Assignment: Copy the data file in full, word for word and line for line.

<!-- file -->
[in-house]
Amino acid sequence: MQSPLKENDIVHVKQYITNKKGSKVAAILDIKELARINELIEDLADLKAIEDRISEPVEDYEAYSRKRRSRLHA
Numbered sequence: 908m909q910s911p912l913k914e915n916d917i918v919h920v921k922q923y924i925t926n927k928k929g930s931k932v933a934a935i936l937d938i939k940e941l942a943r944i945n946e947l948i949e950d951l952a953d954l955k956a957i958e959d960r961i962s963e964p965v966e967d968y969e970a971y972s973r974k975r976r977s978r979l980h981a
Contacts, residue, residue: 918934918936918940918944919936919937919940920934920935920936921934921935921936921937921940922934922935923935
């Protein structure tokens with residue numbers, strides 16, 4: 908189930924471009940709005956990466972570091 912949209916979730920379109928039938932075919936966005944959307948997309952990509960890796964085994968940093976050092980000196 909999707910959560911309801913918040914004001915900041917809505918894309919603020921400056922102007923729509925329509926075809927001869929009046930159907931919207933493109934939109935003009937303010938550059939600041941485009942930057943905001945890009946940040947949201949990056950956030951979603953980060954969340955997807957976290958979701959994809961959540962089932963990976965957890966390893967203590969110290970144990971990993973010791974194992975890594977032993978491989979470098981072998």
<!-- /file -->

[in-house]
Amino acid sequence: MQSPLKENDIVHVKQYITNKKGSKVAAILDIKELARINELIEDLADLKAIEDRISEPVEDYEAYSRKRRSRLHA
Numbered sequence: 908m909q910s911p912l913k914e915n916d917i918v919h920v921k922q923y924i925t926n927k928k929g930s931k932v933a934a935i936l937d938i939k940e941l942a943r944i945n946e947l948i949e950d951l952a953d954l955k956a957i958e959d960r961i962s963e964p965v966e967d968y969e970a971y972s973r974k975r976r977s978r979l980h981a
Contacts, residue, residue: 918934918936918940918944919936919937919940920934920935920936921934921935921936921937921940922934922935923935
């Protein structure tokens with residue numbers, strides 16, 4: 908189930924471009940709005956990466972570091 912949209916979730920379109928039938932075919936966005944959307948997309952990509960890796964085994968940093976050092980000196 909999707910959560911309801913918040914004001915900041917809505918894309919603020921400056922102007923729509925329509926075809927001869929009046930159907931919207933493109934939109935003009937303010938550059939600041941485009942930057943905001945890009946940040947949201949990056950956030951979603953980060954969340955997807957976290958979701959994809961959540962089932963990976965957890966390893967203590969110290970144990971990993973010791974194992975890594977032993978491989979470098981072998």